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    Published on: August 24, 2012

    As is my custom, I am taking the week before Labor Day off.

    The MNB archives are, of course, open. And the MNB Mantra contest will continue taking entries. (Details below.)

    I may post the occasional note or picture on Facebook if something catches my fancy, but for the most part, I'm going to go off the radar until I return on September 4.

    Have a great final week of the summer, and I'll see you soon.

    Slainte! And Fins Up!
    KC's View:

    Published on: August 24, 2012

    Fast Company had an interesting story the other day about the importance of a company "mantra," which is defined as "a Sanskrit term, meaning 'sacred utterance' or 'sacred thought,' depending on the dictionary. Traditionally concentration aids given by Hindu gurus to devotees, mantras are words or phrases repeated to facilitate transformation. In business, a mantra is akin to a motto, albeit more fundamental to a company's internal purpose than simply a marketing slogan. It's concise, repeatable, and core to a company's existence ... Unlike mission statements, mantras are pivot-proof. They transcend current target markets and quarterly quotas."

    Or, to put it another way: "Make it short, sweet, and swallowable," says author Guy Kawasaki.

    Examples cited in the story:

    "Think different." (Apple)

    "Don't be evil." (Google)

    "Make something you love." (Huge, a digital agency)

    "Style to the people." (Stylecaster, a fashion website)

    A mantra, the story suggests, is necessary because it is "the guiding star, not the operating manual." And every company needs a guiding star.

    This has me thinking. While MNB always has been built around the phrase, "news in context, analysis with attitude," it sounds like the folks at Fast Company would define that as a mission statement. Not a mantra.

    Which makes me think it is time for a contest...

    Come up with an original mantra for MNB, and if you create the winner, you get an MNB goodie box, which includes a t-shirt with that mantra printed on it, an autographed copy of "The Big Picture: Essential Business Lessons from the Movies," and an MNB canvas shopping bag and an MNB canvas wine bag.

    I am pleased to tell you that we've received well over 250 entries to this point. I'm going to leave the contest open until Labor Day, at which point I'll go through all the entries, pick what I think are the top 20 or so, and then submit them to a panel of experts for their advice and guidance ... and then I'll get the last word.

    Let the games continue...
    KC's View:

    Published on: August 24, 2012

    This commentary is available as text or video. Enjoy either, or both. To access past FaceTime commentaries, go to the MNB Channel on YouTube.

    Hi, I'm Kevin Coupe and this is FaceTime with the Content Guy.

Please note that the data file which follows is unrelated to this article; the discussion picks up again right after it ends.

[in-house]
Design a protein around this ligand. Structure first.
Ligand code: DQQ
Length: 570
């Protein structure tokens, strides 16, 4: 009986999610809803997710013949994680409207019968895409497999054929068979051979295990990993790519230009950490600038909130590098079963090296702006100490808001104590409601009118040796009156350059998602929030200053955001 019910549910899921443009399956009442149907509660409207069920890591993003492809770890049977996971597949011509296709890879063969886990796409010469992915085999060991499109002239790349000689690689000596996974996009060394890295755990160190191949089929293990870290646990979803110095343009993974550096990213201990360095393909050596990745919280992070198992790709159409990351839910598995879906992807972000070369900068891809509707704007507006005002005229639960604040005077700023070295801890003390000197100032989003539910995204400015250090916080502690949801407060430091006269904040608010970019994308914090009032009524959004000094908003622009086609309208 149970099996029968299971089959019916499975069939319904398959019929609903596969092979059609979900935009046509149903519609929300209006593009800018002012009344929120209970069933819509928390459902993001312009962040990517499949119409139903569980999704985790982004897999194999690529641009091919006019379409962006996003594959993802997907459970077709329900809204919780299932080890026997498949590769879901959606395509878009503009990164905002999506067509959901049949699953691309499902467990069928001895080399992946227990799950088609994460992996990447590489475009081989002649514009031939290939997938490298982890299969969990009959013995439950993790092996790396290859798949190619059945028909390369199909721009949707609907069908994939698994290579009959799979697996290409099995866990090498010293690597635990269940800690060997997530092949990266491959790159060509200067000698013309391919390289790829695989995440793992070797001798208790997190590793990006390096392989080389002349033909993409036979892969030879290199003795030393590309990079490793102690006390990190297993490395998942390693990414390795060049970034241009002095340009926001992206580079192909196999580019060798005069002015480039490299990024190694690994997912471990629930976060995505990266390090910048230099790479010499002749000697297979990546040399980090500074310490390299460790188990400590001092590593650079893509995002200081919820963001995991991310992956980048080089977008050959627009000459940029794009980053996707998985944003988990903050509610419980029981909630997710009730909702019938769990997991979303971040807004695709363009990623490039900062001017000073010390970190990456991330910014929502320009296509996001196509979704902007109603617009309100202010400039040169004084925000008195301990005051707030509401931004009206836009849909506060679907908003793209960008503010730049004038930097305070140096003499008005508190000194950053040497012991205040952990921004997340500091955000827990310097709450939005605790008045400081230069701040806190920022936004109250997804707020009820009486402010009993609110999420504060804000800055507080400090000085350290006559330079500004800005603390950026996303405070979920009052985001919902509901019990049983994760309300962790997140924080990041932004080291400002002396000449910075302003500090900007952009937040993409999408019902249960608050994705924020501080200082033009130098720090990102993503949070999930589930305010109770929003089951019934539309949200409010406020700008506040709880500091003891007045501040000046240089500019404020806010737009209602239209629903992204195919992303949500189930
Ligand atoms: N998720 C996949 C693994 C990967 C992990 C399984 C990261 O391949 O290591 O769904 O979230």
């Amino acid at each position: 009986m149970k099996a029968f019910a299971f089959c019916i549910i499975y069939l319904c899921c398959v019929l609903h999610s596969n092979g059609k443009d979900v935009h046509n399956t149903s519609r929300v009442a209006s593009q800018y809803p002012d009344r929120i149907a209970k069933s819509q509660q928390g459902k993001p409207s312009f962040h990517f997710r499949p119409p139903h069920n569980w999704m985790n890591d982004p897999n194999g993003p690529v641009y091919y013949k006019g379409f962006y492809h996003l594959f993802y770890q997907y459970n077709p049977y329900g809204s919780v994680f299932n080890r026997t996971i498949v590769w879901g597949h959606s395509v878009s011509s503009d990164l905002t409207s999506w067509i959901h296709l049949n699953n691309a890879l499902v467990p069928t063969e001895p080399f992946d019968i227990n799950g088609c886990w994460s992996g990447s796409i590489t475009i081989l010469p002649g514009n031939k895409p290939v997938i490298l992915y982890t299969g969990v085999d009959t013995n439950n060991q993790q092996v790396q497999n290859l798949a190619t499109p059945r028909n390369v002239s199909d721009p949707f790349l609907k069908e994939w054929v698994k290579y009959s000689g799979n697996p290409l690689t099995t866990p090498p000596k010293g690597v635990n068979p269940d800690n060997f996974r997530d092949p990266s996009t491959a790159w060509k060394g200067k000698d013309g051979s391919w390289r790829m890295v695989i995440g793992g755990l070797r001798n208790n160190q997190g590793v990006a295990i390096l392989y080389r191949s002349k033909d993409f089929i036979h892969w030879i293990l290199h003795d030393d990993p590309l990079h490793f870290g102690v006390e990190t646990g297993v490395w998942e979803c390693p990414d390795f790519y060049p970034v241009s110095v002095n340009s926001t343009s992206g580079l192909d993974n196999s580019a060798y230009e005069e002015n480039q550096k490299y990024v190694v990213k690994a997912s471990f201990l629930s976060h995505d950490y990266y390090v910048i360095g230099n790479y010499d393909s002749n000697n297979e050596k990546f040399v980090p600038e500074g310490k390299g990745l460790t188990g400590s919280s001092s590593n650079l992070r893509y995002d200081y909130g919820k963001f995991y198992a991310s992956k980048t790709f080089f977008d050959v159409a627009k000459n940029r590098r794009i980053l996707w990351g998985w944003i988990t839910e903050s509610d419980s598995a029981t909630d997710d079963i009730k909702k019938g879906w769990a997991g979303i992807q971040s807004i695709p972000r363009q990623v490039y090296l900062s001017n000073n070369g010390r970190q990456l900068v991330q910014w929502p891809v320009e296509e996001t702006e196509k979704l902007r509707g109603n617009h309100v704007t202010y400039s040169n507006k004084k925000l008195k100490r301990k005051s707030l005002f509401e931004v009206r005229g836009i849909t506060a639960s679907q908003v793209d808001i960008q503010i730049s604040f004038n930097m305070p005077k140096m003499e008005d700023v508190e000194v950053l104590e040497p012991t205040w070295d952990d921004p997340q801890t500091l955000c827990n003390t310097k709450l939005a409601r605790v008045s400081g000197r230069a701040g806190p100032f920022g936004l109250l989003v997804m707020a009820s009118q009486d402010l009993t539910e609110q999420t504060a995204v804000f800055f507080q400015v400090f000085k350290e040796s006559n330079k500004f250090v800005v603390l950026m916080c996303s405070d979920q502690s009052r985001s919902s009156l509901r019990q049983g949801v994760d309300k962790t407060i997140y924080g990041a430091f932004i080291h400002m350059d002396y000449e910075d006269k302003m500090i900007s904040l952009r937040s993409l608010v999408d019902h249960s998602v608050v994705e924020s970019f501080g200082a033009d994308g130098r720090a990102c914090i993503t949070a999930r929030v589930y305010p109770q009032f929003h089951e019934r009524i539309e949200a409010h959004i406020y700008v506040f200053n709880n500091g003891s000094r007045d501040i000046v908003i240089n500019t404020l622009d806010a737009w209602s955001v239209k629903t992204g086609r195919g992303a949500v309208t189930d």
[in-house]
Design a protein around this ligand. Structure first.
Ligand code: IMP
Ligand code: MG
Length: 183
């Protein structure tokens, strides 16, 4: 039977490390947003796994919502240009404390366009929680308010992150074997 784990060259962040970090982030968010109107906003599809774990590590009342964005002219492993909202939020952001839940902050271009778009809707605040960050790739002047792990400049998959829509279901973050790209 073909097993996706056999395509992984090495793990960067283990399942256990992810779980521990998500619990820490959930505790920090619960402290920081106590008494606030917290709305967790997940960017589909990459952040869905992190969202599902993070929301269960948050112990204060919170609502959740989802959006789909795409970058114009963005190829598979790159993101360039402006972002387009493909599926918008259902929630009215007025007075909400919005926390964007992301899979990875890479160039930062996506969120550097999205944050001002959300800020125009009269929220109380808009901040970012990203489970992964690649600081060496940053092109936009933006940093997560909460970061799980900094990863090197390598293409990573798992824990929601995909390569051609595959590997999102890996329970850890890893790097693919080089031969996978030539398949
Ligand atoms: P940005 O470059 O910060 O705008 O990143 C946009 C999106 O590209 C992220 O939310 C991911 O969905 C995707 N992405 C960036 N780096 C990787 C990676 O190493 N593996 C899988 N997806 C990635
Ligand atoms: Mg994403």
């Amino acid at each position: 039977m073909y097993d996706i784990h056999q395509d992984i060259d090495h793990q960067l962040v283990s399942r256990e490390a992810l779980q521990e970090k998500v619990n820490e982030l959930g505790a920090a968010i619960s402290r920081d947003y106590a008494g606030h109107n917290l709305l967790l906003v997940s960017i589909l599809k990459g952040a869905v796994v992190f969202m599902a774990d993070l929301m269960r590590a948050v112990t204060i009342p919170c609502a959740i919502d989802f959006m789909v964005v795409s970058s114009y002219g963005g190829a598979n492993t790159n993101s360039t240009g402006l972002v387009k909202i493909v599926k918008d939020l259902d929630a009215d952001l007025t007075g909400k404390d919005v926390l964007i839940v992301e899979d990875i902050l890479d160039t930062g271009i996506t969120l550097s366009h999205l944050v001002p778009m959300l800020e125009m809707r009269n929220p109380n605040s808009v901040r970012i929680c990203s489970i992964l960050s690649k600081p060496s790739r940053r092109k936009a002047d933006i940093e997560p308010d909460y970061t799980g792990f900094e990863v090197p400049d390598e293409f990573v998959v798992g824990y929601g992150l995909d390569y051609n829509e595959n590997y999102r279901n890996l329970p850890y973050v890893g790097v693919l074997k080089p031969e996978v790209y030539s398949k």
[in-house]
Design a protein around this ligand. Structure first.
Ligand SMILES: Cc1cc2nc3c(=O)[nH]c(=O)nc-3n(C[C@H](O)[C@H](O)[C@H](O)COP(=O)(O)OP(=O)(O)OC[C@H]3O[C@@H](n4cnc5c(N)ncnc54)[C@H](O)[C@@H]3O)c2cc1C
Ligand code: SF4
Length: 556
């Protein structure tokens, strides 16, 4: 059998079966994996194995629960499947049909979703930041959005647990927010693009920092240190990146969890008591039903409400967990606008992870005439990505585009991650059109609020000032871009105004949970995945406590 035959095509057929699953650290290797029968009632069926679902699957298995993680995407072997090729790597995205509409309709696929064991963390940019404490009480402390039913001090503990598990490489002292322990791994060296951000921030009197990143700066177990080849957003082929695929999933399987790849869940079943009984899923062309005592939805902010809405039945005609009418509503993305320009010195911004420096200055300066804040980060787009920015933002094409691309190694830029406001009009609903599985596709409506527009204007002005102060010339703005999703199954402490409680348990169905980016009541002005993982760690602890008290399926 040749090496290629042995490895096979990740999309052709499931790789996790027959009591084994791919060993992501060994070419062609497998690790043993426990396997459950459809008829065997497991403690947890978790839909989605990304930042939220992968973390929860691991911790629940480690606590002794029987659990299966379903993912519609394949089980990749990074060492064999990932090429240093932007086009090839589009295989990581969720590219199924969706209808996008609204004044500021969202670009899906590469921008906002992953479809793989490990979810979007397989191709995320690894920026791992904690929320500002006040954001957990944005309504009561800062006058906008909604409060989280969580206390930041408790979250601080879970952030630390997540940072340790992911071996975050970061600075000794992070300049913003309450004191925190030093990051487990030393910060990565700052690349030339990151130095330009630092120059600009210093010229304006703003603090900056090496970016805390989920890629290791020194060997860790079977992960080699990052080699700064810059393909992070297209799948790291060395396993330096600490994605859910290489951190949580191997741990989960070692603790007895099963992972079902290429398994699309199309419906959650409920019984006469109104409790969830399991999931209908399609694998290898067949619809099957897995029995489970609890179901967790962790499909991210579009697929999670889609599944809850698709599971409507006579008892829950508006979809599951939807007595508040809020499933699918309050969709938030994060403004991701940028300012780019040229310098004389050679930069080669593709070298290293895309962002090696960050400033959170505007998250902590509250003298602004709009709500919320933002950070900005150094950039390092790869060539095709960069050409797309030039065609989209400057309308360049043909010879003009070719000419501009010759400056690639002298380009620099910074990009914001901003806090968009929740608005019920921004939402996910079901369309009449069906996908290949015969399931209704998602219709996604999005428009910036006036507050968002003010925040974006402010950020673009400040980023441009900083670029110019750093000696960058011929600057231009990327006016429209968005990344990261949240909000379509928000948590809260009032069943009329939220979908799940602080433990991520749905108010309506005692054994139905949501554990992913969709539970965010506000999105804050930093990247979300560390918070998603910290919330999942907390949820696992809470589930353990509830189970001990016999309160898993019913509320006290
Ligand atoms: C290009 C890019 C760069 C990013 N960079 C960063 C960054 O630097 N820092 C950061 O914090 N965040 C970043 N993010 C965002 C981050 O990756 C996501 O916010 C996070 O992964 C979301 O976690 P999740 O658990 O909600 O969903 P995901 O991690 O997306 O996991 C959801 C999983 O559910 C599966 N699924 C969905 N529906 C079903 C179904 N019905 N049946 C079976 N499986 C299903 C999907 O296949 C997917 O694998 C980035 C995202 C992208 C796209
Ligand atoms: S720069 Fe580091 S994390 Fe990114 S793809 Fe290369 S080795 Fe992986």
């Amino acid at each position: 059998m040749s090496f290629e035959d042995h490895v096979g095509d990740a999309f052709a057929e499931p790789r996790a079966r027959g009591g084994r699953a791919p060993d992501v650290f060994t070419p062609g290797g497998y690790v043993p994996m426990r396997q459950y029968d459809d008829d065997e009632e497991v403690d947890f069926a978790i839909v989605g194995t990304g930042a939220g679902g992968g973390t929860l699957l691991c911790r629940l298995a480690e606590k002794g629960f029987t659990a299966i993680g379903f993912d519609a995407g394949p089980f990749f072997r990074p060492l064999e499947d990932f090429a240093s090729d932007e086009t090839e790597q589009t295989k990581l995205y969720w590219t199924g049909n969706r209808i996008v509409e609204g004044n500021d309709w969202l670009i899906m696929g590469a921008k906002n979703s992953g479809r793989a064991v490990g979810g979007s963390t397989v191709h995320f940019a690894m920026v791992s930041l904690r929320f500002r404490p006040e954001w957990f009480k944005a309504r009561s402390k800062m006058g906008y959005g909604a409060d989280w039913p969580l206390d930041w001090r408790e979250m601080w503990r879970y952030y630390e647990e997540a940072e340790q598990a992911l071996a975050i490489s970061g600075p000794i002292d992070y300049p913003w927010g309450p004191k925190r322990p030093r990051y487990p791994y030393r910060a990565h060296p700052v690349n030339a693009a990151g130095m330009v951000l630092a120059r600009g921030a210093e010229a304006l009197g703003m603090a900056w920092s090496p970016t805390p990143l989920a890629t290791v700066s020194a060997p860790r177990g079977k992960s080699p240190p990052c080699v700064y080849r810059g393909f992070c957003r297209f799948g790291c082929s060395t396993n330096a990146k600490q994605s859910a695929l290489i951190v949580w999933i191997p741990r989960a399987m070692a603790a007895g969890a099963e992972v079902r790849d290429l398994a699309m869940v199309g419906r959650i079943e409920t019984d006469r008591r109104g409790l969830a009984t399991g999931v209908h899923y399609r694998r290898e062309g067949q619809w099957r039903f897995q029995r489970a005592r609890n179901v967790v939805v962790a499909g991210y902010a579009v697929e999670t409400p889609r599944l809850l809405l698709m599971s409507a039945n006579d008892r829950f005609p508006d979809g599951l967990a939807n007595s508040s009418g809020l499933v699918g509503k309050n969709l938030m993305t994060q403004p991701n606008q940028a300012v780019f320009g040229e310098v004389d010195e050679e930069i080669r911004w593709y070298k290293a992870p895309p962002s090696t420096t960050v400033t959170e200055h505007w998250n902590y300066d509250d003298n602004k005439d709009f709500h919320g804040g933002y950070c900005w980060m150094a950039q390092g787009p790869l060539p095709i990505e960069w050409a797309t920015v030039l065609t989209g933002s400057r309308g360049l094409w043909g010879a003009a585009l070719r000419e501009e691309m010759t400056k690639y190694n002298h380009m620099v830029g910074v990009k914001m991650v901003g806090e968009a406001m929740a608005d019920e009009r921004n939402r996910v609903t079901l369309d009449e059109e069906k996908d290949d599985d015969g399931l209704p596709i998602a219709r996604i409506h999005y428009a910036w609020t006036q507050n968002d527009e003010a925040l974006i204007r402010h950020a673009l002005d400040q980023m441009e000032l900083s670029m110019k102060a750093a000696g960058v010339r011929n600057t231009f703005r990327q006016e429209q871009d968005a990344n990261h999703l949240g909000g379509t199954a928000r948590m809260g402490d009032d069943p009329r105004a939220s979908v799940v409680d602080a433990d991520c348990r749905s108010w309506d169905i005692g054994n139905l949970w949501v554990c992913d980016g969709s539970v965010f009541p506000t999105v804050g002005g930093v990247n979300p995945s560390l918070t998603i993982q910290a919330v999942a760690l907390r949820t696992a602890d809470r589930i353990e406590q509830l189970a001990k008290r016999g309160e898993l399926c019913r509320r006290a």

One more story from my trip to the Pacific Northwest this summer...

    As I've mentioned here before, one of the many pleasures that I discovered in Portland, Oregon, was a place called Stumptown Coffee Roasters. It is a wonderful local coffee shop where on weekends you can wait for 15-20 minutes to make your way to the counter, but where the coffee is terrific, the ambience is authentic downtown Portland, and the people-watching can be rewarding.

    I enjoyed going there and ordering both a black coffee and a large nonfat latte - I generally had a lot of reading to do, emails to peruse and some papers to grade, and this combination of drinks pretty much got me through.

    But something happened one morning that I thought I would share with you.

    I ordered the large nonfat latte, grabbed a seat at counter, pulled out my iPad and started going through email. I kept one eye on the barista and noticed when he seemed to start making what was going to be my latte. A couple of emails later, I realized that I had gotten my drink so I took another look ... and he seemed to be starting the process all over again. I didn't think too much of it, and went back to my emails .... but noticed this time when he got almost done, took a look, dumped it out and started over yet again, this time calling over someone to help him.

    The third time was the charm, and when he handed me the latte, I couldn't help myself. So I asked him: "I'm just curious. What was wrong with the first two?"

    The fellow who helped him, who I later learned was named Bo, came over and explained that the barista was in fact just several weeks into training and wasn't certified yet. However, Bo also said that, in fact, a large nonfat latte was one of the hardest drinks to make - skim milk doesn't hold together the way whole milk or even one percent or two percent milk does, and so if they get to the end and they're ready to put a design into the foam and it isn't holding together right, they dump it and start over.

    Now, I was fascinated by this. I've been drinking large nonfat lattes for more than a decade now, and nobody ever told me before that it was a hard drink to make. And then I asked him: If I'd been getting this to go, and you were putting a top on the cup, would you have gone to all this trouble to make sure the squiggle was right?

    Bo grinned. "It's not worth doing if we can't do it right," he said.

    I have to tell you. That was exactly the right answer. And it is just that kind of dedication to excellence that every retailer should be seeking in its employees.

    Because the thing is, sometimes we can see the stuff that matters, and sometimes we can't. But it all matters. Even the little stuff.

    That's what is on my mind this Thursday morning. As always, I want to hear what is on your mind.

    KC's View: